Weekly Review

Weekly Review — May 10, 2016, 1:07 pm

Weekly Review

Indian scientists attempted to curb carbon emissions by making cows less flatulent, and the Tunisian champions of the cattle-herding mobile game Bagra were given an adult cow. A 10-year-old Finnish hacker was awarded $10,000 after discovering a bug in Instagram. “I could have deleted anyone’s comments,” he said. “Like Justin Bieber’s.” Justin Bieber was sued for destroying the iPhone of a man who took photos of him failing to complete a beer bong. Read more…

Weekly Review — May 3, 2016, 1:29 pm

Weekly Review

A New Jersey judge reduced to simple assault the charge of aggravated assault filed against a man who while dressed as the Easter Bunny dropped a 15-month-old girl during a photo shoot and then began to fight her mother. A daughter and mother in Georgia were charged with animal abuse for keeping 38 cats in their van, a man in Iowa was charged with animal neglect for keeping 62 ducks in a U-Haul, an elephant in Cambodia that was forced to carry tourists on a 104-degree day had a heart attack and died, a man in Hawaii was filmed punching a pregnant monk seal, and researchers found that dogs experience anxiety when hugged by humans. Read more…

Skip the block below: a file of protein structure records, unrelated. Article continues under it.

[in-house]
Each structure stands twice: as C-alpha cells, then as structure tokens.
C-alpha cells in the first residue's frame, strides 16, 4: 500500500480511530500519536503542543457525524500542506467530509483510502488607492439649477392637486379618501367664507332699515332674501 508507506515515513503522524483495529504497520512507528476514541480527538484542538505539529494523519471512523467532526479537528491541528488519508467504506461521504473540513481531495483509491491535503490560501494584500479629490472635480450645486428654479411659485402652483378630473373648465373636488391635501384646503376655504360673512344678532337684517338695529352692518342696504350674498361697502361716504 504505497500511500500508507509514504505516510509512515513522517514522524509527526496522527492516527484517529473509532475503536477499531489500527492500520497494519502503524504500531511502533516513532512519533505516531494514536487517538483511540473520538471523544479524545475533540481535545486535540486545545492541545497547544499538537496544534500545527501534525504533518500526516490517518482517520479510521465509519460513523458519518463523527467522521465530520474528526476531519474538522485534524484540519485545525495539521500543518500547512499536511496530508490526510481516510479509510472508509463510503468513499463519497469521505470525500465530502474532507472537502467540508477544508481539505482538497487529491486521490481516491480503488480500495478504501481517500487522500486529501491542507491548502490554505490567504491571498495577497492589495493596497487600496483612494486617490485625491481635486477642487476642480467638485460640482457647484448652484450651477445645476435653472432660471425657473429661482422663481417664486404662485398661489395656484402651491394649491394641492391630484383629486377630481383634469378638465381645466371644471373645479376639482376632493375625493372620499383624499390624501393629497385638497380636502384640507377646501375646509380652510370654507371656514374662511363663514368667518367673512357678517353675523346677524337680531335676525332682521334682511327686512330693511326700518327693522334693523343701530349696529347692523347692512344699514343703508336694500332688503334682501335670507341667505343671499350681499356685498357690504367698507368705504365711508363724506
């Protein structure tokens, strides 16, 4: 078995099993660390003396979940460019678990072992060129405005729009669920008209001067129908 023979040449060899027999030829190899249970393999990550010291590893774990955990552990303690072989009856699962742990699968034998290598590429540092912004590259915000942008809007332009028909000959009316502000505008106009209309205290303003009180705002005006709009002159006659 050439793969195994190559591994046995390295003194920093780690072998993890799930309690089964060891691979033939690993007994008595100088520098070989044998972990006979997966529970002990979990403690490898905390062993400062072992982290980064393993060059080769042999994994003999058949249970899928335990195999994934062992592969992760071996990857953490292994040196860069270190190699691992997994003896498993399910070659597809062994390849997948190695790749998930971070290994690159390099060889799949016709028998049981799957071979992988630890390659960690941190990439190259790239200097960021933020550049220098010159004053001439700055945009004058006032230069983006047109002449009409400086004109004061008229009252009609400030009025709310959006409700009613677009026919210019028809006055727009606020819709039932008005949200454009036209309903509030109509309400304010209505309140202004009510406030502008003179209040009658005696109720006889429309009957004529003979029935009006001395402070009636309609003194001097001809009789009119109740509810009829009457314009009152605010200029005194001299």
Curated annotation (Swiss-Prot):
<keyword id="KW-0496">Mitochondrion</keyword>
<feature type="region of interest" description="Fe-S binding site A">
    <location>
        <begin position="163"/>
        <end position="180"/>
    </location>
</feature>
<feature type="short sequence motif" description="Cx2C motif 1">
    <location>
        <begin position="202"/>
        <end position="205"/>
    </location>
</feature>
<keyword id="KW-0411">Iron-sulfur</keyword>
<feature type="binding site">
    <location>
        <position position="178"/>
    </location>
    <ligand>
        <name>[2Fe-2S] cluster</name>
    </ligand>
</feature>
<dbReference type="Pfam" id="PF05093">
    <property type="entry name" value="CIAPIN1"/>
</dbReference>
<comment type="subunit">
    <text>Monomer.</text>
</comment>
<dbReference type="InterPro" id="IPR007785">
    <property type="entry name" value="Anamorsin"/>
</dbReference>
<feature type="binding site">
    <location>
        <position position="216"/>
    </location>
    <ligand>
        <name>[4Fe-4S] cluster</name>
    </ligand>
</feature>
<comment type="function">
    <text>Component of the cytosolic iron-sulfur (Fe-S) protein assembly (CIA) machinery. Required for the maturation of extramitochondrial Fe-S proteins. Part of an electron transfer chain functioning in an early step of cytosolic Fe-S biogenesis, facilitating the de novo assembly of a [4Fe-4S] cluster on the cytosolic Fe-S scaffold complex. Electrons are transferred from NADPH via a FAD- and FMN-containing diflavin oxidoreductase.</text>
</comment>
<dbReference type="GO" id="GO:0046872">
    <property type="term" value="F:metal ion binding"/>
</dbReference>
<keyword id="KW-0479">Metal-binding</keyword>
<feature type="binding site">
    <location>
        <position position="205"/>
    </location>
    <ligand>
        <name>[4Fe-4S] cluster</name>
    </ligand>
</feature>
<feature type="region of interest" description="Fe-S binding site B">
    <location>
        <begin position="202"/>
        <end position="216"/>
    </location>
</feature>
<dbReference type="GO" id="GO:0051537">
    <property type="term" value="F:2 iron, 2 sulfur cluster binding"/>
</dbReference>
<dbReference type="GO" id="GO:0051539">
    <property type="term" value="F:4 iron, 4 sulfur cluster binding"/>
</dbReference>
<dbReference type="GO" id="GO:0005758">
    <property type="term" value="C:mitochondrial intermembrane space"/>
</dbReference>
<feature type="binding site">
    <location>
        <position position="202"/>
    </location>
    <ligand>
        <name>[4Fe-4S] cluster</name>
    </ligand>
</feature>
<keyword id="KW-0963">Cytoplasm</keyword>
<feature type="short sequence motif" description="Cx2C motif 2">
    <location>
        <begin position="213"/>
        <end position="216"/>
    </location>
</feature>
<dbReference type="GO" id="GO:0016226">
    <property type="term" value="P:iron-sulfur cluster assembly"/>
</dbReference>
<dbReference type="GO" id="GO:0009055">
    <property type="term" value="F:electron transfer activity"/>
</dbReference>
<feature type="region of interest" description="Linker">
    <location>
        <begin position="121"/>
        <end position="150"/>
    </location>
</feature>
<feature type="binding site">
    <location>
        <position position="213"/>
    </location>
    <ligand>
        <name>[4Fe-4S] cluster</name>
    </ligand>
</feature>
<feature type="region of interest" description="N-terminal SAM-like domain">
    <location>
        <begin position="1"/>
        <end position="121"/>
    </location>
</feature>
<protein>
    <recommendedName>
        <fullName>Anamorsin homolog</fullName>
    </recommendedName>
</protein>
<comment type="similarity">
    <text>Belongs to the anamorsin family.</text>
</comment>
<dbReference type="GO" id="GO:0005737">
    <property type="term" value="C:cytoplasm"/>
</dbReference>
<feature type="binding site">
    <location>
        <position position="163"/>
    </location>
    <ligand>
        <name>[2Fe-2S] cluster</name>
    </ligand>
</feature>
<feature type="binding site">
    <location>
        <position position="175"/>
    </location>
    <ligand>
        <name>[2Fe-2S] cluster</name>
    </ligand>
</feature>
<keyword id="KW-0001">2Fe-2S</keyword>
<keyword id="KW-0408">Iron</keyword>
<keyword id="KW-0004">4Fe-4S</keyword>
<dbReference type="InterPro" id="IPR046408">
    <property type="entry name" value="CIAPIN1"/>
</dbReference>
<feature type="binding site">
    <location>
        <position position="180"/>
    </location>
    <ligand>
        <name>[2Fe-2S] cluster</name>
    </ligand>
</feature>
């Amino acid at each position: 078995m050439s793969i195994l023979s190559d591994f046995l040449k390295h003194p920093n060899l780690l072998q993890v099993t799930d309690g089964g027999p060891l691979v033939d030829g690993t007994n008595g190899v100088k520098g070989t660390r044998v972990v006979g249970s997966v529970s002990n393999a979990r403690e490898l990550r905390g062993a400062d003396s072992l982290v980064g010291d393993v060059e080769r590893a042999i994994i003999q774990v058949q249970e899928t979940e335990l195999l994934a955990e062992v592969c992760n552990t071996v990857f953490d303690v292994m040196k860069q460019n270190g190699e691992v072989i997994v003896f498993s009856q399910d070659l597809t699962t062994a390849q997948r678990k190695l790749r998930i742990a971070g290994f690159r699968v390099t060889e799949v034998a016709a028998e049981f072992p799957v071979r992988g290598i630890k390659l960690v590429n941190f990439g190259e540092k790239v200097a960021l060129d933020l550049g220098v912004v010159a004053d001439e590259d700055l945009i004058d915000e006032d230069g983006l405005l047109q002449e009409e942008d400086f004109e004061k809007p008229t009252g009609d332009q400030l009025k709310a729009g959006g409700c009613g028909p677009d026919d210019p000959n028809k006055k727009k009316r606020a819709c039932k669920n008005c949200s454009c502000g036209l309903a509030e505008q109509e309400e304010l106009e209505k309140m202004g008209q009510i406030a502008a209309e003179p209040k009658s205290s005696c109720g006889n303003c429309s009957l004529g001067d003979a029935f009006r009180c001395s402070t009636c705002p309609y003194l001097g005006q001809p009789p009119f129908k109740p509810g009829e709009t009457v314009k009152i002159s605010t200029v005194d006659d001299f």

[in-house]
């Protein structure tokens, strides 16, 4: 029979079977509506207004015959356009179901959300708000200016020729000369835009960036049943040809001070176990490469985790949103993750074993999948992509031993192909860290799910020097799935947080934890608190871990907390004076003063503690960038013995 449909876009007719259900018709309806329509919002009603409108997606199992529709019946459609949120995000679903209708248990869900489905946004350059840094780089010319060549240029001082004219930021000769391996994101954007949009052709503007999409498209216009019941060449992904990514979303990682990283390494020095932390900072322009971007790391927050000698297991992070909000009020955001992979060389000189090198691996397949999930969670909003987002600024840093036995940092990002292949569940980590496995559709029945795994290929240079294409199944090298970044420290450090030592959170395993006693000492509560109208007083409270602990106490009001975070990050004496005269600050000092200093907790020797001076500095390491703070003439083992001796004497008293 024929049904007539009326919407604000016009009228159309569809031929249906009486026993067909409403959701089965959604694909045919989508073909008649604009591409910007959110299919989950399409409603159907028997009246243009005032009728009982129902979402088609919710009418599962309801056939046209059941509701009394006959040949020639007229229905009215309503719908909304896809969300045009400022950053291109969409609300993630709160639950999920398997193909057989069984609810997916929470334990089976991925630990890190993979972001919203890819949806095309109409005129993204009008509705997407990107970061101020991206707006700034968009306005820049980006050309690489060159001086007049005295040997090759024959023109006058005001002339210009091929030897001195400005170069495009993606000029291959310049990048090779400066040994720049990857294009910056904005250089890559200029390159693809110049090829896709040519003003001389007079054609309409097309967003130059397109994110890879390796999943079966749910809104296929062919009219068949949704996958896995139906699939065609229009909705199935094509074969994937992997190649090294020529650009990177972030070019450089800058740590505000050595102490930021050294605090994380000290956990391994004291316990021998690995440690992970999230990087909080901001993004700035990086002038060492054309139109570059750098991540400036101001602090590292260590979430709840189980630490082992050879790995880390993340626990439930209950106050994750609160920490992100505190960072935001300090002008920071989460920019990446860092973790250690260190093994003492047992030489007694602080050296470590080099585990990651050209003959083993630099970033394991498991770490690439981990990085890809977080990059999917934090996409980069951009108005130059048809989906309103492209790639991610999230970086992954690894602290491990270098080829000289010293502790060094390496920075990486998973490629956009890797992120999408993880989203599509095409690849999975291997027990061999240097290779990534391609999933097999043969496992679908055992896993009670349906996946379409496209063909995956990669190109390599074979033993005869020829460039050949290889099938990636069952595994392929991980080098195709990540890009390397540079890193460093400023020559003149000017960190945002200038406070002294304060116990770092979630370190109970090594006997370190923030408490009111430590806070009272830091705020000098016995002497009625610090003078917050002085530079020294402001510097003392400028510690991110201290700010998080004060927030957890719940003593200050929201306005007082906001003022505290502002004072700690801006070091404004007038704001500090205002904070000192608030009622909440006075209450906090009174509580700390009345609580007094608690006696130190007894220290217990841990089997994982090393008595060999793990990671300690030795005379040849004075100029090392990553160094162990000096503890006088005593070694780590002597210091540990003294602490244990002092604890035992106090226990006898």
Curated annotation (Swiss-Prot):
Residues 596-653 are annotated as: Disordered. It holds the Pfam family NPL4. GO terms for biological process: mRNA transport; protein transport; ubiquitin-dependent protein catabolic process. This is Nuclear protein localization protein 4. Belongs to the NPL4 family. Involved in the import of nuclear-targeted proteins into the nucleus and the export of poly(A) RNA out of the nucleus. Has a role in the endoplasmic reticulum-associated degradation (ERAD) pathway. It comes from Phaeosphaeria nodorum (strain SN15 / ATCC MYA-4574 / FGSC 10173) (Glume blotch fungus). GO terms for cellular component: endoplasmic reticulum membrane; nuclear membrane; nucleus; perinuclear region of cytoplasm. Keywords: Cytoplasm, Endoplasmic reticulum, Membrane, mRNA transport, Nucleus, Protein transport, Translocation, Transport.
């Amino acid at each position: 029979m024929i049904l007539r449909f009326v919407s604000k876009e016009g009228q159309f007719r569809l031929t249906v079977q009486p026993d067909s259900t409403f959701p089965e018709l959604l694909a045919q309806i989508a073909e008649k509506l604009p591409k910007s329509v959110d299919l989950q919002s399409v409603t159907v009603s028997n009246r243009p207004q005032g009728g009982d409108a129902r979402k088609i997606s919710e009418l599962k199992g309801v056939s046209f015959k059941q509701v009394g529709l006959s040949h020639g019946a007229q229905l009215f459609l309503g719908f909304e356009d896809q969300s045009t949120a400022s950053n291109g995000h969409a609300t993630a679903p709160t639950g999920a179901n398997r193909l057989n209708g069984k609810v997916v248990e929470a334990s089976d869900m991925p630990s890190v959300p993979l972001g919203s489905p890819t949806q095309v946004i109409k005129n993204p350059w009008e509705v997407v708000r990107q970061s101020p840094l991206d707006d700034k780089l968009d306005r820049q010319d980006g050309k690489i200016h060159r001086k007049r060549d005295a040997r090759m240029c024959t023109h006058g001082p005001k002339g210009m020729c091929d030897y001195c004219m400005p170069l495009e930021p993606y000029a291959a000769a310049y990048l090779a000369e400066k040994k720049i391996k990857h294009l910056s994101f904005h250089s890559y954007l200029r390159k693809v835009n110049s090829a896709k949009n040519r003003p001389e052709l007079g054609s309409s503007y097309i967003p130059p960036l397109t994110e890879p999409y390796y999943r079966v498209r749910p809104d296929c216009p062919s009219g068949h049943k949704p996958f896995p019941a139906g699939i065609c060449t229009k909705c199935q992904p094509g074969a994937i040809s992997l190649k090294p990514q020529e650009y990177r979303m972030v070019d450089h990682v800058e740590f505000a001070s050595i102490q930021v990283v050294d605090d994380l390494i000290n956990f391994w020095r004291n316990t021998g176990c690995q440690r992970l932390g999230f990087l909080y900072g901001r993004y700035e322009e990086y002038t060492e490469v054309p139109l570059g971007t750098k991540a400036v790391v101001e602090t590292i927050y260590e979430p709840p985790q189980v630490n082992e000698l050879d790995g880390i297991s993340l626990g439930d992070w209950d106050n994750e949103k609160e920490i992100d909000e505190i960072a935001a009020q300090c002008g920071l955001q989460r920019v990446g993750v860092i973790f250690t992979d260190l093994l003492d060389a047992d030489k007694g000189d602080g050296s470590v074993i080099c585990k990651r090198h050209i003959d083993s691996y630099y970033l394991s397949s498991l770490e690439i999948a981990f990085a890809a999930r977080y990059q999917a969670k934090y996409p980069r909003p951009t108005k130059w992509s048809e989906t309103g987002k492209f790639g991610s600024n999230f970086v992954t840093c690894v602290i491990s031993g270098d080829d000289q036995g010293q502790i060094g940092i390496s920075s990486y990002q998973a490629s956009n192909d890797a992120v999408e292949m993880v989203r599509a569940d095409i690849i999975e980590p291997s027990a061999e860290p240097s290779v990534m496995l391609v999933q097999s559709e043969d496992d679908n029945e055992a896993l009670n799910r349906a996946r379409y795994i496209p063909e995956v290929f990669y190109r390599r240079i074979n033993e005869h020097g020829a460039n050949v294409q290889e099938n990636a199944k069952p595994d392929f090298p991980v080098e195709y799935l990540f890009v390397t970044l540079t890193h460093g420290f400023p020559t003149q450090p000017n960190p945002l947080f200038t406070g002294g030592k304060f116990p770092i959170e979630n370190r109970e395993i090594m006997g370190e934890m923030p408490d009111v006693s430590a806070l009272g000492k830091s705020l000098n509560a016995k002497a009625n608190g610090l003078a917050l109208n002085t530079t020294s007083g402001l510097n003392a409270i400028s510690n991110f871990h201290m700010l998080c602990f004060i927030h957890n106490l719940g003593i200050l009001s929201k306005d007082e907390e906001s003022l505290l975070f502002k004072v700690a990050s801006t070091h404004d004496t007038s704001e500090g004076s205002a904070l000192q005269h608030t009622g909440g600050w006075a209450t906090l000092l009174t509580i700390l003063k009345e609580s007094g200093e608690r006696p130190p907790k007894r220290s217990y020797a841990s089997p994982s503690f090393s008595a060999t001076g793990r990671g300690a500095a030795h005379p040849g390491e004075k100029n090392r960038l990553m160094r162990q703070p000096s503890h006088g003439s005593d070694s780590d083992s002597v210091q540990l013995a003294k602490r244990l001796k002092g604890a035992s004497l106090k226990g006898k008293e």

Weekly Review — April 26, 2016, 2:24 pm

Weekly Review

The United Kingdom issued an advisory against North Carolina in response to the state’s passing of a law in March that requires transgender people to use the bathroom corresponding to the gender on their birth certificates. A 30-year-old man in Philadelphia accidentally killed his four-year-old daughter while waving a gun around a room full of children, then attempted to frame his nearby five-year-old daughter by wiping the blood from his hand onto her shirt. A man in India cut off the hands of a teenager accused of raping his then-seven-month-old daughter. Read more…

Weekly Review — April 19, 2016, 5:27 pm

Weekly Review

A Washington State woman who had eaten Ruffles potato chips every day for 20 years discovered she had throat cancer after a chip injured her tonsil. It was reported that a seal in Ireland was scared away from a seafood restaurant by a photo of Republican presidential candidate Donald Trump, a gorilla was filmed dancing at a British zoo, and employees of an aquarium in New Zealand revealed that an octopus named Inky escaped into a nearby bay, leaving behind his tank mate Blotchy. “He managed to make his way to one of the drain holes,” the aquarium’s manager, “and off he went.” Read more…

Weekly Review — April 12, 2016, 1:32 pm

Weekly Review

The Tokyo Fire Department announced that 104 people had been hospitalized for acute alcohol intoxication during this season’s cherry-blossom viewing parties. Sweden’s tourism agency installed a phone line for anyone in the world to call “a random Swede,” and suggested discussing the northern lights, darkness, meatballs, and suicide rates. In California, two men began stabbing one another in the head and neck after one defecated on the other’s lawn. Read more…

Weekly Review — April 5, 2016, 10:58 am

Weekly Review